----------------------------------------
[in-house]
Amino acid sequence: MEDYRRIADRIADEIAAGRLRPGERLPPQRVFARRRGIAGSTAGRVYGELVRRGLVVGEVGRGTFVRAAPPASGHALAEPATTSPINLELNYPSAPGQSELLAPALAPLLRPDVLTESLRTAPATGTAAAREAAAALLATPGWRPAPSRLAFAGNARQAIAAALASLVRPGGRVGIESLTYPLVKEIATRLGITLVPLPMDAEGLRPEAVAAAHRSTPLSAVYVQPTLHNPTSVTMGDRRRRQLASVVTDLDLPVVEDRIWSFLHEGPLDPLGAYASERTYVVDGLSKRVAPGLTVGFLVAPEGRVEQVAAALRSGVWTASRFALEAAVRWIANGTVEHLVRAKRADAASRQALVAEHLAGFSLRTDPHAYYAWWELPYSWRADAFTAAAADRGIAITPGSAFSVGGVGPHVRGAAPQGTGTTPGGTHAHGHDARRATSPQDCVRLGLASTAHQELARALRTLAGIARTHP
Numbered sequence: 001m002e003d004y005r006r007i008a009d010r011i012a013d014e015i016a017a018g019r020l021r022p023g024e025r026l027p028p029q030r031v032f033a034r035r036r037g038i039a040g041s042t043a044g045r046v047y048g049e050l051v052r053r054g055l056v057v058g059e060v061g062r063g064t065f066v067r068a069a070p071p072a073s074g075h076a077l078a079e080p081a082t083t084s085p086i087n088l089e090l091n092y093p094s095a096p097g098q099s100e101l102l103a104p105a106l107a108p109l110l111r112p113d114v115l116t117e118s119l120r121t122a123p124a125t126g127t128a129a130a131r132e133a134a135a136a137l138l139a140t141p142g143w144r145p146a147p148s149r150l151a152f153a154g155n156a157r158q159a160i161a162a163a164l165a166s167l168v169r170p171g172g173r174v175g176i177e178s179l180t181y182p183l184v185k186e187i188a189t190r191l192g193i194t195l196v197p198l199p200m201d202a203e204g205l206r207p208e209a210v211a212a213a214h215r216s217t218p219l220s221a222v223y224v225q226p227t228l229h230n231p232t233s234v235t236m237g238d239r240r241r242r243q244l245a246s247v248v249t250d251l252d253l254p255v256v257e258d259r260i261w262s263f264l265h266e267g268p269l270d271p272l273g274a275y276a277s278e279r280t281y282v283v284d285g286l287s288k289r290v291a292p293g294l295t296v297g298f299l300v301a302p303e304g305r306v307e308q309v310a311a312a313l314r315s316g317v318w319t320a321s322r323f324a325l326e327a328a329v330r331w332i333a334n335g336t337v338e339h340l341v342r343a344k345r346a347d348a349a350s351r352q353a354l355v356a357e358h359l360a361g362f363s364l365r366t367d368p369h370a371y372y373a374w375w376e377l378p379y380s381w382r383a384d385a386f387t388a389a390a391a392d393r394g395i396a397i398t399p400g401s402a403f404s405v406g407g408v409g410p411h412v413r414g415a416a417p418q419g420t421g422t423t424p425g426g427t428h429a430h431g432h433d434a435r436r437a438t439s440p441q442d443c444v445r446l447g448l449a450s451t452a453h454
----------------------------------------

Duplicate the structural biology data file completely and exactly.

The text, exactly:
[in-house]
Amino acid sequence: MEDYRRIADRIADEIAAGRLRPGERLPPQRVFARRRGIAGSTAGRVYGELVRRGLVVGEVGRGTFVRAAPPASGHALAEPATTSPINLELNYPSAPGQSELLAPALAPLLRPDVLTESLRTAPATGTAAAREAAAALLATPGWRPAPSRLAFAGNARQAIAAALASLVRPGGRVGIESLTYPLVKEIATRLGITLVPLPMDAEGLRPEAVAAAHRSTPLSAVYVQPTLHNPTSVTMGDRRRRQLASVVTDLDLPVVEDRIWSFLHEGPLDPLGAYASERTYVVDGLSKRVAPGLTVGFLVAPEGRVEQVAAALRSGVWTASRFALEAAVRWIANGTVEHLVRAKRADAASRQALVAEHLAGFSLRTDPHAYYAWWELPYSWRADAFTAAAADRGIAITPGSAFSVGGVGPHVRGAAPQGTGTTPGGTHAHGHDARRATSPQDCVRLGLASTAHQELARALRTLAGIARTHP
Numbered sequence: 001m002e003d004y005r006r007i008a009d010r011i012a013d014e015i016a017a018g019r020l021r022p023g024e025r026l027p028p029q030r031v032f033a034r035r036r037g038i039a040g041s042t043a044g045r046v047y048g049e050l051v052r053r054g055l056v057v058g059e060v061g062r063g064t065f066v067r068a069a070p071p072a073s074g075h076a077l078a079e080p081a082t083t084s085p086i087n088l089e090l091n092y093p094s095a096p097g098q099s100e101l102l103a104p105a106l107a108p109l110l111r112p113d114v115l116t117e118s119l120r121t122a123p124a125t126g127t128a129a130a131r132e133a134a135a136a137l138l139a140t141p142g143w144r145p146a147p148s149r150l151a152f153a154g155n156a157r158q159a160i161a162a163a164l165a166s167l168v169r170p171g172g173r174v175g176i177e178s179l180t181y182p183l184v185k186e187i188a189t190r191l192g193i194t195l196v197p198l199p200m201d202a203e204g205l206r207p208e209a210v211a212a213a214h215r216s217t218p219l220s221a222v223y224v225q226p227t228l229h230n231p232t233s234v235t236m237g238d239r240r241r242r243q244l245a246s247v248v249t250d251l252d253l254p255v256v257e258d259r260i261w262s263f264l265h266e267g268p269l270d271p272l273g274a275y276a277s278e279r280t281y282v283v284d285g286l287s288k289r290v291a292p293g294l295t296v297g298f299l300v301a302p303e304g305r306v307e308q309v310a311a312a313l314r315s316g317v318w319t320a321s322r323f324a325l326e327a328a329v330r331w332i333a334n335g336t337v338e339h340l341v342r343a344k345r346a347d348a349a350s351r352q353a354l355v356a357e358h359l360a361g362f363s364l365r366t367d368p369h370a371y372y373a374w375w376e377l378p379y380s381w382r383a384d385a386f387t388a389a390a391a392d393r394g395i396a397i398t399p400g401s402a403f404s405v406g407g408v409g410p411h412v413r414g415a416a417p418q419g420t421g422t423t424p425g426g427t428h429a430h431g432h433d434a435r436r437a438t439s440p441q442d443c444v445r446l447g448l449a450s451t452a453h454